- Your thoughts revolve around drugs or alcohol – If your day is largely consumed with drugs or alcohol – where to get it, how to deal with hangovers or withdrawal, how to get money for it, etc.—it’s very likely that you are an addict. Addicts spend nearly all their time fixated on their substance of choice, to the detriment of work, home, school, and other activities. Things you were once enthusiastic about pale in comparison to finding your next drink or fix.
- You have no control over your consumption – Once you start drinking or doing your drug of choice, you have no control over your use. You’ll want to continue until you’ve exhausted your supply or become sick. Efforts to slow down or curtail abuse always crumble.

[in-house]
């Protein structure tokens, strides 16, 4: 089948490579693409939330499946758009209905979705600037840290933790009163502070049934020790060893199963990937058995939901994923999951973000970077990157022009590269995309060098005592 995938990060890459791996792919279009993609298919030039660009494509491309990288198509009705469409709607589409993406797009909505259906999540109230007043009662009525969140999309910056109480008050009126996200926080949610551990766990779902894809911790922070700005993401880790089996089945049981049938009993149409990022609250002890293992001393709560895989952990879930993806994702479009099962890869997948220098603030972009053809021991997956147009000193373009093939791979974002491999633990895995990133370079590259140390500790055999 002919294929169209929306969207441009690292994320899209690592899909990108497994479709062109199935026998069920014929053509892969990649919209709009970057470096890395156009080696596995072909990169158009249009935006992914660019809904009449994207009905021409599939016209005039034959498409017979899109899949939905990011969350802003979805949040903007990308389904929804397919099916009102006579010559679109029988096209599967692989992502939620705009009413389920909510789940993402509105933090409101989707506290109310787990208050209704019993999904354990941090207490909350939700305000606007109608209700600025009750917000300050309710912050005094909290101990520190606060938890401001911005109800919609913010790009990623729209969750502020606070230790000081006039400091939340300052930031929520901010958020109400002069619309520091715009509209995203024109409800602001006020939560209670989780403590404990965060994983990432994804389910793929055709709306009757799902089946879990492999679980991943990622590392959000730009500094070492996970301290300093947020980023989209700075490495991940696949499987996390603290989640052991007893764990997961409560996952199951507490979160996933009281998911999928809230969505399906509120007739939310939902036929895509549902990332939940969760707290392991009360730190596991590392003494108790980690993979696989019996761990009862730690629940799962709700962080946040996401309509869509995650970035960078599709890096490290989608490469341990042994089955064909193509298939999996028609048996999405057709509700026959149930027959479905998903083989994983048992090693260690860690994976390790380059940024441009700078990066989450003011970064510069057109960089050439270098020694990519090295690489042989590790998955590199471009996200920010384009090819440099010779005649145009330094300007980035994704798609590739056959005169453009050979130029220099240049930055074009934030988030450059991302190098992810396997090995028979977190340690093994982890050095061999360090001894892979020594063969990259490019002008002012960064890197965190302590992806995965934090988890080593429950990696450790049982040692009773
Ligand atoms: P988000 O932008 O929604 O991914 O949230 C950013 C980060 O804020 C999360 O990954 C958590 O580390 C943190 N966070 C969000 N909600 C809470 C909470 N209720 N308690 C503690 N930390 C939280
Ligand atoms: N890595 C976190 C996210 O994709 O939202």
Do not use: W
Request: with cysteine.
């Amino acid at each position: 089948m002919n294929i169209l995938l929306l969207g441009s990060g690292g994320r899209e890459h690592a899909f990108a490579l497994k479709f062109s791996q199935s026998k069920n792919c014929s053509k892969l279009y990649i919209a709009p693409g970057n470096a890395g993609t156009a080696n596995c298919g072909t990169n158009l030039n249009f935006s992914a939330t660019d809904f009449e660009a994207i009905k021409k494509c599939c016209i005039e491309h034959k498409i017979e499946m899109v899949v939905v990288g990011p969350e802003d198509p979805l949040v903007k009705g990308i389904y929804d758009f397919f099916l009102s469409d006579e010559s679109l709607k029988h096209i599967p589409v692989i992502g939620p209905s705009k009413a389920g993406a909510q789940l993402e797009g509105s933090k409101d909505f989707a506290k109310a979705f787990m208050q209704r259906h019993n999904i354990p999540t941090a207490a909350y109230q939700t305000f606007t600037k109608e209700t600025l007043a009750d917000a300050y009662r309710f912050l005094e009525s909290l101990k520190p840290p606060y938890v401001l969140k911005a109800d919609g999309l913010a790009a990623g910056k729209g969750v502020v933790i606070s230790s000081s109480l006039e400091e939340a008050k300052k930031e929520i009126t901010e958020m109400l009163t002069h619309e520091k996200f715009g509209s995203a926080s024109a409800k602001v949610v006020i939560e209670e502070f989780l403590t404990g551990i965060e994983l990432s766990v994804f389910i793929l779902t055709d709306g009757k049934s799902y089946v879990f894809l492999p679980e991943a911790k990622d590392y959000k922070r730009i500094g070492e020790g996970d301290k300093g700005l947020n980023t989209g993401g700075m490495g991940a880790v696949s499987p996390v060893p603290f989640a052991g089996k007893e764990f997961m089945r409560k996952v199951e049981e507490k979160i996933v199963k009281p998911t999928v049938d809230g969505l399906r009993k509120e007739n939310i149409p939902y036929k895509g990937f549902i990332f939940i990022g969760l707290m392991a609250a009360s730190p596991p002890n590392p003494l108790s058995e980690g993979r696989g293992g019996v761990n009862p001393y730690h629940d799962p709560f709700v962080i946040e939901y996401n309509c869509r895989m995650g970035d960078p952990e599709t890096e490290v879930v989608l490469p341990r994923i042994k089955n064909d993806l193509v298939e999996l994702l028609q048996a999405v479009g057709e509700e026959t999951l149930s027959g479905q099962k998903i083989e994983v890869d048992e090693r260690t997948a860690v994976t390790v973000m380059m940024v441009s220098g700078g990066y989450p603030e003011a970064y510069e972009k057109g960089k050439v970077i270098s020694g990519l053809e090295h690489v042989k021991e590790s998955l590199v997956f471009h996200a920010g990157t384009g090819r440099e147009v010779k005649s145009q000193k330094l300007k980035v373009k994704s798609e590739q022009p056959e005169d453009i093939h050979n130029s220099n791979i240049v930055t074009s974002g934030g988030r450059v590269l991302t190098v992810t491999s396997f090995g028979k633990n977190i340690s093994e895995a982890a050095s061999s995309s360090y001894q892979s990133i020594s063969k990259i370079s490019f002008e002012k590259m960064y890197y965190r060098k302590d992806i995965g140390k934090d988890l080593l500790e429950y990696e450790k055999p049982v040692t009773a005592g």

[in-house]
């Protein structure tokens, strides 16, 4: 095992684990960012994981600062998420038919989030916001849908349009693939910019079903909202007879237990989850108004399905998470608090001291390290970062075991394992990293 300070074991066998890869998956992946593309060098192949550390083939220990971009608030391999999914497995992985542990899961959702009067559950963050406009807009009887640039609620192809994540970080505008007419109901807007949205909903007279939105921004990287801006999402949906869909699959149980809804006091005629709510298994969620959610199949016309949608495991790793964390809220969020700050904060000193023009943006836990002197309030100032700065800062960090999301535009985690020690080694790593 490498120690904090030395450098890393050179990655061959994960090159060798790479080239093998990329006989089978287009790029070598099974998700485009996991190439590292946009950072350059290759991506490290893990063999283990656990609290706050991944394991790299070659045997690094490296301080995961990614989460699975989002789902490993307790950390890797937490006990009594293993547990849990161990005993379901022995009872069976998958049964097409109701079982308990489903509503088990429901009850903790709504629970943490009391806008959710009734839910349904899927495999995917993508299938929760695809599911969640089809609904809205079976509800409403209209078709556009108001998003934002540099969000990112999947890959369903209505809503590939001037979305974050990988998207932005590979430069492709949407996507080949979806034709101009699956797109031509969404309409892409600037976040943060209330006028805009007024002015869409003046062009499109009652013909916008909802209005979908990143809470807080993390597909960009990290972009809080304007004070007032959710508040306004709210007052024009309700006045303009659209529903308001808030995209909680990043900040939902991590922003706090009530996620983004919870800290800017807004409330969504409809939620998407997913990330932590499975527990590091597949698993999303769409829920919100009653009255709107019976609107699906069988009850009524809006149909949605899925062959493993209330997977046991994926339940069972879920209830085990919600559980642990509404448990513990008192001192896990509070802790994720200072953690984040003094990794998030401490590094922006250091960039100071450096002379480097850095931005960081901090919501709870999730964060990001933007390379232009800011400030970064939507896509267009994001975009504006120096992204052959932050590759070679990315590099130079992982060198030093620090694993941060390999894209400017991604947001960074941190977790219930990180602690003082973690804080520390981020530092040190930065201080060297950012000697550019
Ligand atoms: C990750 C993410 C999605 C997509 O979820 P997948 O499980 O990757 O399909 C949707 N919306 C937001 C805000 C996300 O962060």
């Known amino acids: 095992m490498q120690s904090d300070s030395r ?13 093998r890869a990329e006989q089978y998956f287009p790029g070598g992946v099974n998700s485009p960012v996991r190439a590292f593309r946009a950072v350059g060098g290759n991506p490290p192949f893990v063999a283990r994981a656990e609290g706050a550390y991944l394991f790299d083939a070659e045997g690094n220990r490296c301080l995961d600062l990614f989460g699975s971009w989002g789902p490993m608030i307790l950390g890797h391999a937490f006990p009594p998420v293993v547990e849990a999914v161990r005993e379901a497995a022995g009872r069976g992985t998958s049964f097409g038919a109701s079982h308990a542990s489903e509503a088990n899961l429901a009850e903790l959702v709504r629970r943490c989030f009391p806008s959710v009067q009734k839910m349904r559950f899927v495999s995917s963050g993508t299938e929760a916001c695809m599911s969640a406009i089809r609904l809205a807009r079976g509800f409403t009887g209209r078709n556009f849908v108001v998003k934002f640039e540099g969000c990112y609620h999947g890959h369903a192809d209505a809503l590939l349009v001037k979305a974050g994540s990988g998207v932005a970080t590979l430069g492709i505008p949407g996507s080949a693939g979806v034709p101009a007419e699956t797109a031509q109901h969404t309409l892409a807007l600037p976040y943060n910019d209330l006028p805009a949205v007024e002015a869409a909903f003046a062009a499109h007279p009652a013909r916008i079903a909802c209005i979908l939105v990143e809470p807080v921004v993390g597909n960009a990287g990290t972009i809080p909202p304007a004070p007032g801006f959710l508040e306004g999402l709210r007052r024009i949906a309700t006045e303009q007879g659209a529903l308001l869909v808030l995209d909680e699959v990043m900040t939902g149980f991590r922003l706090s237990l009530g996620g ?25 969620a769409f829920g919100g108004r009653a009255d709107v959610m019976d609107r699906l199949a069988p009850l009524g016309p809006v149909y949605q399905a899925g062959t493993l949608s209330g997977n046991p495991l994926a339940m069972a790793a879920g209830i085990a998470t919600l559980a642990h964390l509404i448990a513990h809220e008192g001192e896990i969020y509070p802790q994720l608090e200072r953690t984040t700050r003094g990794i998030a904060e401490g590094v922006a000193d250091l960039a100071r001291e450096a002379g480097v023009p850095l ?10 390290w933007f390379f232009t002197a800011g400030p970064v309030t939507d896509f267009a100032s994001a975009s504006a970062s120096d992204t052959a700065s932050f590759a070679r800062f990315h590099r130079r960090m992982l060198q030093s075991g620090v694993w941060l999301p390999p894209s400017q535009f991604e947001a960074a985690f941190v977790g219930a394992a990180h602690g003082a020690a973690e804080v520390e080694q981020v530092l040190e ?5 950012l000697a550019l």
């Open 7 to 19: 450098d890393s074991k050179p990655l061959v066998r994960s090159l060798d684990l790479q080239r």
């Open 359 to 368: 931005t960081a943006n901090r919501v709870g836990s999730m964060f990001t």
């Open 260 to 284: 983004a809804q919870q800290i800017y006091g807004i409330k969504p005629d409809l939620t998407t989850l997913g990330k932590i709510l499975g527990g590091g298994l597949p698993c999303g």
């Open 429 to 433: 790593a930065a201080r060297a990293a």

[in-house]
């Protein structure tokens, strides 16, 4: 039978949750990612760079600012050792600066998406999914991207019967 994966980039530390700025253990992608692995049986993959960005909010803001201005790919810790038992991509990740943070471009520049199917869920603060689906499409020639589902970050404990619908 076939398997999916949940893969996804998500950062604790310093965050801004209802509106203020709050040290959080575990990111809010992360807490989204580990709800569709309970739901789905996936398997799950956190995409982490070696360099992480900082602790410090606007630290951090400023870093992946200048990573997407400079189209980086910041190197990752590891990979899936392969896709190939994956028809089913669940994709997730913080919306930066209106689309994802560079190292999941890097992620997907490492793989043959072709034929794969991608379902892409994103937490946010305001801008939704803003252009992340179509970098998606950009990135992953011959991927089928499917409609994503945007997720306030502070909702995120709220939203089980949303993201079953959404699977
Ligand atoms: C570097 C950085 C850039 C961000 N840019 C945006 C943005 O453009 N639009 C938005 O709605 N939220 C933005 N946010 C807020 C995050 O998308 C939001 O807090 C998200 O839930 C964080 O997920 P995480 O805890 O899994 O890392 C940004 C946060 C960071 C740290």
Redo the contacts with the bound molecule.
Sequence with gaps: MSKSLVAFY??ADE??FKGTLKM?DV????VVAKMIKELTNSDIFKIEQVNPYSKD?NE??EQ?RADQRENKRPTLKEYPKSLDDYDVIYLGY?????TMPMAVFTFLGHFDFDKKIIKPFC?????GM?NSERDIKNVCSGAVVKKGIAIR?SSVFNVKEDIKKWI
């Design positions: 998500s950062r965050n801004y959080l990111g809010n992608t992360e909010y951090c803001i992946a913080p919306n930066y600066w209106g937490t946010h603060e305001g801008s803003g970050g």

- You cannot quit – You are completely unable to go without alcohol or drugs. Even if you are able to stop for a while, you eventually always return to your habit.
Why Drugs Are So Hard to Quit
There are no easy solutions for men and women who wish to quit abusing drugs or alcohol. Recovery is a lifelong process at which addicts must constantly work at to remain drug- and alcohol-free. There are a variety of physiological and psychological reasons why drugs and alcohol are so difficult to abstain from if you are an addict. Some of the most well-known include:
- Over time, drugs and alcohol can change the way the brain operates. These substances change how the body processes chemicals released by the brain when people feel pleasure. Gradually, the substances become the key source of pleasure for the addict, and, when they’re withdrawn, the addict has difficulty in feeling pleasure without them. In time, the addict will be able to feel pleasure without drugs or alcohol but the draw of these substances will always be there.